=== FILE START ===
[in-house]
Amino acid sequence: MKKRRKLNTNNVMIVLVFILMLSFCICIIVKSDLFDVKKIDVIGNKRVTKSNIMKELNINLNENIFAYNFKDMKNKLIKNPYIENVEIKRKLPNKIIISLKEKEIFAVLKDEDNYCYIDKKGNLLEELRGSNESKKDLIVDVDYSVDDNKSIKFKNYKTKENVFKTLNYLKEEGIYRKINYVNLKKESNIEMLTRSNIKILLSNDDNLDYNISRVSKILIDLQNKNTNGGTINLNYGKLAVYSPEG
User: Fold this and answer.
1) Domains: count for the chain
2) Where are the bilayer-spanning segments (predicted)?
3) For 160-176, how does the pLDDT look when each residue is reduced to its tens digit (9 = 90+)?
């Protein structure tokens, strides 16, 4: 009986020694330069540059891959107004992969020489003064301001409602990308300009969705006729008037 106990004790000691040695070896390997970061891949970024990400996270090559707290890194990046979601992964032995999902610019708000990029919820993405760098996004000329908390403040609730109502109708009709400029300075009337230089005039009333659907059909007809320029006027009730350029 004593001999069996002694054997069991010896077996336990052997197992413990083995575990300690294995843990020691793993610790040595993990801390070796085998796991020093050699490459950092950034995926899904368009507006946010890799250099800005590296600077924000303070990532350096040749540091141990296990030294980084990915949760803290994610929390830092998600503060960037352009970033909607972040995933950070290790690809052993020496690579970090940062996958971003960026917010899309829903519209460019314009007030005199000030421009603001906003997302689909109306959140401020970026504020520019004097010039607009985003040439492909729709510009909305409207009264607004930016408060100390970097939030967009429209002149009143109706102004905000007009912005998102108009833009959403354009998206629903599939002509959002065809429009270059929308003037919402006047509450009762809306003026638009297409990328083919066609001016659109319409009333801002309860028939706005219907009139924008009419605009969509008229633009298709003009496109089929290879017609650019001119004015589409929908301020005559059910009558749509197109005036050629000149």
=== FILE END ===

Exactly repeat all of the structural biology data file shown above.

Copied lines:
[in-house]
Amino acid sequence: MKKRRKLNTNNVMIVLVFILMLSFCICIIVKSDLFDVKKIDVIGNKRVTKSNIMKELNINLNENIFAYNFKDMKNKLIKNPYIENVEIKRKLPNKIIISLKEKEIFAVLKDEDNYCYIDKKGNLLEELRGSNESKKDLIVDVDYSVDDNKSIKFKNYKTKENVFKTLNYLKEEGIYRKINYVNLKKESNIEMLTRSNIKILLSNDDNLDYNISRVSKILIDLQNKNTNGGTINLNYGKLAVYSPEG
User: Fold this and answer.
1) Domains: count for the chain
2) Where are the bilayer-spanning segments (predicted)?
3) For 160-176, how does the pLDDT look when each residue is reduced to its tens digit (9 = 90+)?
């Protein structure tokens, strides 16, 4: 009986020694330069540059891959107004992969020489003064301001409602990308300009969705006729008037 106990004790000691040695070896390997970061891949970024990400996270090559707290890194990046979601992964032995999902610019708000990029919820993405760098996004000329908390403040609730109502109708009709400029300075009337230089005039009333659907059909007809320029006027009730350029 004593001999069996002694054997069991010896077996336990052997197992413990083995575990300690294995843990020691793993610790040595993990801390070796085998796991020093050699490459950092950034995926899904368009507006946010890799250099800005590296600077924000303070990532350096040749540091141990296990030294980084990915949760803290994610929390830092998600503060960037352009970033909607972040995933950070290790690809052993020496690579970090940062996958971003960026917010899309829903519209460019314009007030005199000030421009603001906003997302689909109306959140401020970026504020520019004097010039607009985003040439492909729709510009909305409207009264607004930016408060100390970097939030967009429209002149009143109706102004905000007009912005998102108009833009959403354009998206629903599939002509959002065809429009270059929308003037919402006047509450009762809306003026638009297409990328083919066609001016659109319409009333801002309860028939706005219907009139924008009419605009969509008229633009298709003009496109089929290879017609650019001119004015589409929908301020005559059910009558749509197109005036050629000149």